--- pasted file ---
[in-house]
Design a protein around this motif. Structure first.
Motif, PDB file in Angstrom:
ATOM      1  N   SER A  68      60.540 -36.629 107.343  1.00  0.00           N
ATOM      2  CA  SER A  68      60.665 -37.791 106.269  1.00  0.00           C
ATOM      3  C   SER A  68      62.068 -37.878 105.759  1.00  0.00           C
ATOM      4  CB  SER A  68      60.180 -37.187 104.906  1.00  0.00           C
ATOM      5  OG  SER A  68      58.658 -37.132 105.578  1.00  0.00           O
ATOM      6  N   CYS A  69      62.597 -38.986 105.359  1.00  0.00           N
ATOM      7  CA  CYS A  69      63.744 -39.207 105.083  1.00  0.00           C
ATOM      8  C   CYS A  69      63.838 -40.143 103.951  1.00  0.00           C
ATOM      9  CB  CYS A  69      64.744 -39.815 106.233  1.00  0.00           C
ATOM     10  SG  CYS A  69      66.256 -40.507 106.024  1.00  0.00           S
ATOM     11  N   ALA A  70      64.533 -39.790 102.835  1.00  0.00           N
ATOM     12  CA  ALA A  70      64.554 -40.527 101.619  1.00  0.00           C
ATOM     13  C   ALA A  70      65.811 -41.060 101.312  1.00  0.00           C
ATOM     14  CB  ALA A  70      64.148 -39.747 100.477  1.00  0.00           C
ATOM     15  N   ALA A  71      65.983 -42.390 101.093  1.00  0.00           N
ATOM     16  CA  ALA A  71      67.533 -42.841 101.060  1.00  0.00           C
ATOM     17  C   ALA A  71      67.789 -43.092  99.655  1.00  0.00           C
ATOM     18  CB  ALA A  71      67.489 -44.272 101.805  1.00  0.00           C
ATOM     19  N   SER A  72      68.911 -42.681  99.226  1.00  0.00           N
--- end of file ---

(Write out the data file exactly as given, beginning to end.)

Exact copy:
[in-house]
Design a protein around this motif. Structure first.
Motif, PDB file in Angstrom:
ATOM      1  N   SER A  68      60.540 -36.629 107.343  1.00  0.00           N
ATOM      2  CA  SER A  68      60.665 -37.791 106.269  1.00  0.00           C
ATOM      3  C   SER A  68      62.068 -37.878 105.759  1.00  0.00           C
ATOM      4  CB  SER A  68      60.180 -37.187 104.906  1.00  0.00           C
ATOM      5  OG  SER A  68      58.658 -37.132 105.578  1.00  0.00           O
ATOM      6  N   CYS A  69      62.597 -38.986 105.359  1.00  0.00           N
ATOM      7  CA  CYS A  69      63.744 -39.207 105.083  1.00  0.00           C
ATOM      8  C   CYS A  69      63.838 -40.143 103.951  1.00  0.00           C
ATOM      9  CB  CYS A  69      64.744 -39.815 106.233  1.00  0.00           C
ATOM     10  SG  CYS A  69      66.256 -40.507 106.024  1.00  0.00           S
ATOM     11  N   ALA A  70      64.533 -39.790 102.835  1.00  0.00           N
ATOM     12  CA  ALA A  70      64.554 -40.527 101.619  1.00  0.00           C
ATOM     13  C   ALA A  70      65.811 -41.060 101.312  1.00  0.00           C
ATOM     14  CB  ALA A  70      64.148 -39.747 100.477  1.00  0.00           C
ATOM     15  N   ALA A  71      65.983 -42.390 101.093  1.00  0.00           N
ATOM     16  CA  ALA A  71      67.533 -42.841 101.060  1.00  0.00           C
ATOM     17  C   ALA A  71      67.789 -43.092  99.655  1.00  0.00           C
ATOM     18  CB  ALA A  71      67.489 -44.272 101.805  1.00  0.00           C
ATOM     19  N   SER A  72      68.911 -42.681  99.226  1.00  0.00           N